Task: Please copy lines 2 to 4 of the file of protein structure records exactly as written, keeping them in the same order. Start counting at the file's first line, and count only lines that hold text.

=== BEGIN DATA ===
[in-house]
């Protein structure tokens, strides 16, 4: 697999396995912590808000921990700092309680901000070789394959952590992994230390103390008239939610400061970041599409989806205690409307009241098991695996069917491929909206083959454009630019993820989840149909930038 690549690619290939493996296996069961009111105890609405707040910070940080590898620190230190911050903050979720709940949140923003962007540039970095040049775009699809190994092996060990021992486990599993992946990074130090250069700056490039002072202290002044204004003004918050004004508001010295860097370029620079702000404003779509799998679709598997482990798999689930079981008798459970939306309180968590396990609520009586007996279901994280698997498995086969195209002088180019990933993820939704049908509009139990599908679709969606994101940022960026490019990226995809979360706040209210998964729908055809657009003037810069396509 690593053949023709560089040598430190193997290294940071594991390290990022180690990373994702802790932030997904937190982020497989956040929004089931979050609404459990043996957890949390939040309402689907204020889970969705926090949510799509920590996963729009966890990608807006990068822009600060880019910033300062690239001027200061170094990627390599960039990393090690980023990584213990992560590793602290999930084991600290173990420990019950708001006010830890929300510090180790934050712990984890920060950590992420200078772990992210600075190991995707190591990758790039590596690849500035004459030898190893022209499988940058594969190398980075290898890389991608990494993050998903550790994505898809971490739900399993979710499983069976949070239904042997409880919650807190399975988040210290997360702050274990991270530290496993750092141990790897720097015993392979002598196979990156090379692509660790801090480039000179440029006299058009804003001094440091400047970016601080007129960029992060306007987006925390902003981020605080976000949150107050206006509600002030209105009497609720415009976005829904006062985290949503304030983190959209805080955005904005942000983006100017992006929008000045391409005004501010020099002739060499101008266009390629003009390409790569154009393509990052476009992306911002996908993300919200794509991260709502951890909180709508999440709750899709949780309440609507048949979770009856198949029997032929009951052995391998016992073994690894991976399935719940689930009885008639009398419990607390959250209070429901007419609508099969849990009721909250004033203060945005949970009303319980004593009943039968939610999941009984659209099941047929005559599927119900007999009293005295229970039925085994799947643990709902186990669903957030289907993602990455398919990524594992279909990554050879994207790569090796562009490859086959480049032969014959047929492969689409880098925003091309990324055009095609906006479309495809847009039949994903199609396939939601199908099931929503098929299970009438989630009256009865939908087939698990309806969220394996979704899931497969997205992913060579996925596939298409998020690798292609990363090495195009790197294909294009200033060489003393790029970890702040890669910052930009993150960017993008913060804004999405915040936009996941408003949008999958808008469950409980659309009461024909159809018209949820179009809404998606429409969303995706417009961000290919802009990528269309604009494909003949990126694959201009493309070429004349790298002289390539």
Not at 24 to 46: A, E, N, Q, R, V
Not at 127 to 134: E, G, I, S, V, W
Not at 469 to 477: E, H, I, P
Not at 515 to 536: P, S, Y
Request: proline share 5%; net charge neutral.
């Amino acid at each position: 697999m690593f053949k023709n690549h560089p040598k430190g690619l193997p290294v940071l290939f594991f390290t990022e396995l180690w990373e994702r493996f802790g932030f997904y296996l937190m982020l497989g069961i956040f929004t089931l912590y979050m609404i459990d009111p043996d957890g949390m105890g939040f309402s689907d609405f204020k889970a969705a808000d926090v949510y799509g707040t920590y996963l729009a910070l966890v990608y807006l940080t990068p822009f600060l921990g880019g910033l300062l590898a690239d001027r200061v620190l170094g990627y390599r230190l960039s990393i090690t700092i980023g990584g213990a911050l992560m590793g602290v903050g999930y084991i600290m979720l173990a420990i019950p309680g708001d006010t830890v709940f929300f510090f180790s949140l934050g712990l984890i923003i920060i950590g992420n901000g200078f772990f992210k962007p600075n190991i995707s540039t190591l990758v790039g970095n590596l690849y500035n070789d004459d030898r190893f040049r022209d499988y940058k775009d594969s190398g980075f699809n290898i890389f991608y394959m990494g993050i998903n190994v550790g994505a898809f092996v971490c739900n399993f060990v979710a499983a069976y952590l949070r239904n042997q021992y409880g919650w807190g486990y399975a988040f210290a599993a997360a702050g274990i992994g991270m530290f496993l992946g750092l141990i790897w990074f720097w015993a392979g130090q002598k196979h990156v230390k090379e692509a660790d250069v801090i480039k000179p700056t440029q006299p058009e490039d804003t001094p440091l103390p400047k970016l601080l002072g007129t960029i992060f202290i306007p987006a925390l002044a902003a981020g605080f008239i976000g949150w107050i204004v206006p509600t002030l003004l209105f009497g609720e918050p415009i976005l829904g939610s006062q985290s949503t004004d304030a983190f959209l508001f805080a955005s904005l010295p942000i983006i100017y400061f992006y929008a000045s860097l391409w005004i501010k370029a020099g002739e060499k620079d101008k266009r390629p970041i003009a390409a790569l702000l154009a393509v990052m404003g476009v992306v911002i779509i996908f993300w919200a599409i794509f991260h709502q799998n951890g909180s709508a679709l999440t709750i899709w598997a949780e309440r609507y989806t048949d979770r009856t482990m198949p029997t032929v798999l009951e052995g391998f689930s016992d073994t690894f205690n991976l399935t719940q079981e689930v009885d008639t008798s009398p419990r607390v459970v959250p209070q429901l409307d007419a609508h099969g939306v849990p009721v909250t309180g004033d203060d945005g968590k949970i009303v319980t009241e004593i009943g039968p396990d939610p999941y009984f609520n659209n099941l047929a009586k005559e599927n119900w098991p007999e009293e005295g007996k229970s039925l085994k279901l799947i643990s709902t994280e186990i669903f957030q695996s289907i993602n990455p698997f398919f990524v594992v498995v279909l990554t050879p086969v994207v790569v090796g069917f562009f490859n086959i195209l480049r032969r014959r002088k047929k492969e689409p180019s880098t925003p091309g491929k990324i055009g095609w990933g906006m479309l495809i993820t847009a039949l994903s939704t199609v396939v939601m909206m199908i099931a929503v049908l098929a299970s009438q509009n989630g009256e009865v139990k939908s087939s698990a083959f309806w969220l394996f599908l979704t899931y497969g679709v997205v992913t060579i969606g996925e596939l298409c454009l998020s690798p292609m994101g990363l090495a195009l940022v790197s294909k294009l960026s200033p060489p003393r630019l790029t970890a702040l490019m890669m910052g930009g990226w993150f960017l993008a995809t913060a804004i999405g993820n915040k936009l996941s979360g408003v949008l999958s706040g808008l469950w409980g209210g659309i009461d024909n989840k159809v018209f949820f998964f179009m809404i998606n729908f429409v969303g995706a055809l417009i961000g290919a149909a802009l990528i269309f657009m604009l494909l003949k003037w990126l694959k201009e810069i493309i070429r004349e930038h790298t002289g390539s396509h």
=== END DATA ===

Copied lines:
């Protein structure tokens, strides 16, 4: 697999396995912590808000921990700092309680901000070789394959952590992994230390103390008239939610400061970041599409989806205690409307009241098991695996069917491929909206083959454009630019993820989840149909930038 690549690619290939493996296996069961009111105890609405707040910070940080590898620190230190911050903050979720709940949140923003962007540039970095040049775009699809190994092996060990021992486990599993992946990074130090250069700056490039002072202290002044204004003004918050004004508001010295860097370029620079702000404003779509799998679709598997482990798999689930079981008798459970939306309180968590396990609520009586007996279901994280698997498995086969195209002088180019990933993820939704049908509009139990599908679709969606994101940022960026490019990226995809979360706040209210998964729908055809657009003037810069396509 690593053949023709560089040598430190193997290294940071594991390290990022180690990373994702802790932030997904937190982020497989956040929004089931979050609404459990043996957890949390939040309402689907204020889970969705926090949510799509920590996963729009966890990608807006990068822009600060880019910033300062690239001027200061170094990627390599960039990393090690980023990584213990992560590793602290999930084991600290173990420990019950708001006010830890929300510090180790934050712990984890920060950590992420200078772990992210600075190991995707190591990758790039590596690849500035004459030898190893022209499988940058594969190398980075290898890389991608990494993050998903550790994505898809971490739900399993979710499983069976949070239904042997409880919650807190399975988040210290997360702050274990991270530290496993750092141990790897720097015993392979002598196979990156090379692509660790801090480039000179440029006299058009804003001094440091400047970016601080007129960029992060306007987006925390902003981020605080976000949150107050206006509600002030209105009497609720415009976005829904006062985290949503304030983190959209805080955005904005942000983006100017992006929008000045391409005004501010020099002739060499101008266009390629003009390409790569154009393509990052476009992306911002996908993300919200794509991260709502951890909180709508999440709750899709949780309440609507048949979770009856198949029997032929009951052995391998016992073994690894991976399935719940689930009885008639009398419990607390959250209070429901007419609508099969849990009721909250004033203060945005949970009303319980004593009943039968939610999941009984659209099941047929005559599927119900007999009293005295229970039925085994799947643990709902186990669903957030289907993602990455398919990524594992279909990554050879994207790569090796562009490859086959480049032969014959047929492969689409880098925003091309990324055009095609906006479309495809847009039949994903199609396939939601199908099931929503098929299970009438989630009256009865939908087939698990309806969220394996979704899931497969997205992913060579996925596939298409998020690798292609990363090495195009790197294909294009200033060489003393790029970890702040890669910052930009993150960017993008913060804004999405915040936009996941408003949008999958808008469950409980659309009461024909159809018209949820179009809404998606429409969303995706417009961000290919802009990528269309604009494909003949990126694959201009493309070429004349790298002289390539």
Not at 24 to 46: A, E, N, Q, R, V
Not at 127 to 134: E, G, I, S, V, W